The Museum Tower, a 42-story condominium in Dallas, borrowed cachet from the neighboring Nasher Sculpture Center to brand itself and sell $4 million apartments.
Then it proceeded to fry the museum’s art with the glare from its glass walls. The two-year-long dispute has boiled over recently with city-council members and the arts community calling for solutions and one man losing his job over phony Facebook postings.
The Nasher is a sculpture garden edged by enclosed galleries covered with a glass roof that lets daylight display the art. Museums across the U.S. have fallen in love with architect Renzo Piano in large part because of his bravura manipulation of daylight.
One of Dallas’s cultural jewels, the Nasher houses a collection assembled by Raymond Nasher, a shopping-center developer, and his wife, Patsy. Major museums sought the collection, which includes artists ranging from Picasso and Mark di Suvero to Barbara Hepworth and Anish Kapoor.
Working with lighting designers at the global engineering firm Arup, Piano designed a glass roof with a painstakingly engineered metal screen mounted above it that filters the harsh local sunlight through egg-shaped openings aimed north. Such gentler light is deemed best for art.
The $200 million Museum Tower began shooting searing beams of light directly into the apertures as its reflective glass panels were applied. The reflections burned plants and ruined the effect of the Skyspace James Turrell built in the sculpture garden.
The tower’s architect, Scott Johnson of the Los Angeles firm Johnson Fain, has unintentionally turned what is usually just annoying into a harmful phenomenon. In an interview, he said that he had visited and admired the Nasher with its director, Jeremy Strick, prior to construction and was aware of the building’s reliance on roof light.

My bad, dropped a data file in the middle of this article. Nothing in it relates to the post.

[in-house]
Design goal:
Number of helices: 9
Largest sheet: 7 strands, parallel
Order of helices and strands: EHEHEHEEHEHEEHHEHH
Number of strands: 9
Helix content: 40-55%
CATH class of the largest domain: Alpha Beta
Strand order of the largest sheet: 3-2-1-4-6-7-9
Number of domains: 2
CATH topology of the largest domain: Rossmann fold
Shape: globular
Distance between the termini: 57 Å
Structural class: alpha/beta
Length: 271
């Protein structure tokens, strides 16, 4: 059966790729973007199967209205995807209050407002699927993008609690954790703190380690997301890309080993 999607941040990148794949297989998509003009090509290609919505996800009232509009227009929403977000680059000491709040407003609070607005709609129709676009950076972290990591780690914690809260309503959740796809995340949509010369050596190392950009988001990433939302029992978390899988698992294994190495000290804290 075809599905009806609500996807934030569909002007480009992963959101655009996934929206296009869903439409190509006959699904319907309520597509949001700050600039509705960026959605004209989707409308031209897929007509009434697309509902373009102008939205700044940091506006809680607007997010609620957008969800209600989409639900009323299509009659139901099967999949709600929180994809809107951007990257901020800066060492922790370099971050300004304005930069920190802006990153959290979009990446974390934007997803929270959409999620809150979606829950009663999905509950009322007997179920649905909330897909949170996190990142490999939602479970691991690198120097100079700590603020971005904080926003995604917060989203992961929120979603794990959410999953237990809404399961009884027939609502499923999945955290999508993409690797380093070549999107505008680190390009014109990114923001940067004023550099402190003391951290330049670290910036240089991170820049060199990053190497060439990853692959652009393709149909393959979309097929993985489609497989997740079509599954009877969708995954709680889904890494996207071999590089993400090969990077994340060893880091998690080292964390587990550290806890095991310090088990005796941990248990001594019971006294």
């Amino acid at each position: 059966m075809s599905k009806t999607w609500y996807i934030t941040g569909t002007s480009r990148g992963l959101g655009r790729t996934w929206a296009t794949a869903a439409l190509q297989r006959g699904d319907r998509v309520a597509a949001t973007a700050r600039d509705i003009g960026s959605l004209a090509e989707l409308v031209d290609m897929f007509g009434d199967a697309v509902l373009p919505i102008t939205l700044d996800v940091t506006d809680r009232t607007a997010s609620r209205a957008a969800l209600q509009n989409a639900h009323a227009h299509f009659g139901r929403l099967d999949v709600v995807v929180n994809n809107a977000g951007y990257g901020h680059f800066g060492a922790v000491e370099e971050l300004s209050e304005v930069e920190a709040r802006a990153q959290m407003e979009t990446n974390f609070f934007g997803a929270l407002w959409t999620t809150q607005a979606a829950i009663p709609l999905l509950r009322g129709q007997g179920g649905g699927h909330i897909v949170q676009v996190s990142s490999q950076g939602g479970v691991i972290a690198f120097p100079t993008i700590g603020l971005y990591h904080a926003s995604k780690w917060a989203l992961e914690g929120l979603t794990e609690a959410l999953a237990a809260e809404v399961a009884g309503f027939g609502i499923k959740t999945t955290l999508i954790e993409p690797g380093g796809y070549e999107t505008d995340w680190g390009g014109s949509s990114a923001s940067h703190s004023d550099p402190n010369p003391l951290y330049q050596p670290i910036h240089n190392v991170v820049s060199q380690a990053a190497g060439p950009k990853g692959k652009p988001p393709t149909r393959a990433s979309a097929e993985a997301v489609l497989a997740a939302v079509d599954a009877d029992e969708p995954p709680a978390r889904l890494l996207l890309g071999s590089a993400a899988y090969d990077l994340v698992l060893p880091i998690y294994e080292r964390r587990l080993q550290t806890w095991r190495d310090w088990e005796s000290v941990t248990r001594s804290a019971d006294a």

Still, he went ahead and designed the tower with its broadest side facing both the garden and the intense afternoon sun and sheathed it in floor-to-ceiling glass.
The tower plan is oval-shaped and its sides taper, both qualities that aim more glass at the Nasher for longer periods of time than a flat building would.
Johnson said he assumed the reflections wouldn’t be harmful. He might have thought of the glare focused by the polished surface of Frank Gehry’s Disney Concert Hall in Los Angeles, which made global headlines by searing surrounding buildings and blinding drivers.
His client, the Dallas Police and Fire Pension System, could have reminded him that an earlier owner of the site had added a covenant (since expired) that required any future development not to harm the Nasher’s light.
“I am so sad about this,” Johnson said. He should be.
The Nasher has hired experts who propose that the Museum Tower add less-reflective retractable shades. Such systems are used in Europe where it is deemed an insane waste of energy to build an all-glass wall facing directly into the hottest sun angle. In a phone conversation, architect Piano said he had included such screens in a Berlin tower built for Debis, the financing arm of Mercedes Benz, in 1998.
Retrofitting the Museum Tower comes with a host of technical challenges and costs, and the pension system has rejected it in favor of a new light-filtering system for the Nasher that would reorient the apertures, screening the reflections from the tower. The Nasher says the configuration won’t light the galleries properly and fails to solve the burning of shrubbery in the garden.
“Because the building is primarily for sculpture, we designed it for much higher daylight levels than you usually need to,” Piano explained. “This is what makes the space quite magical.”
The controversy appears to be harming not just the Nasher but the surrounding Dallas cultural complex, which includes the art museum, symphony hall, theater and opera house. The arts community pleaded for a resolution in an opinion piece in the Dallas Morning News.
The issue took a bizarre turn with the recent Morning News revelation that a public-relations executive hired by the Museum Tower had been using fake Facebook identities and online postings to create the appearance of support for the tower’s position.
The executive has resigned from the firm he founded. Pushed by city-council members, the pension system agreed to review the Museum Tower’s strategy.
Lacking a clearly persuasive compromise, the Museum Tower owes the Nasher a solution that restores the museum’s extraordinary quality of light. Unfortunately the cost would be borne by the city’s police and firefighters thanks to their asleep-at-the-wheel development team.
(James S. Russell writes on architecture for Muse, the arts and culture section of Bloomberg News. He is the author of “The Agile City.” The opinions expressed are his own.)
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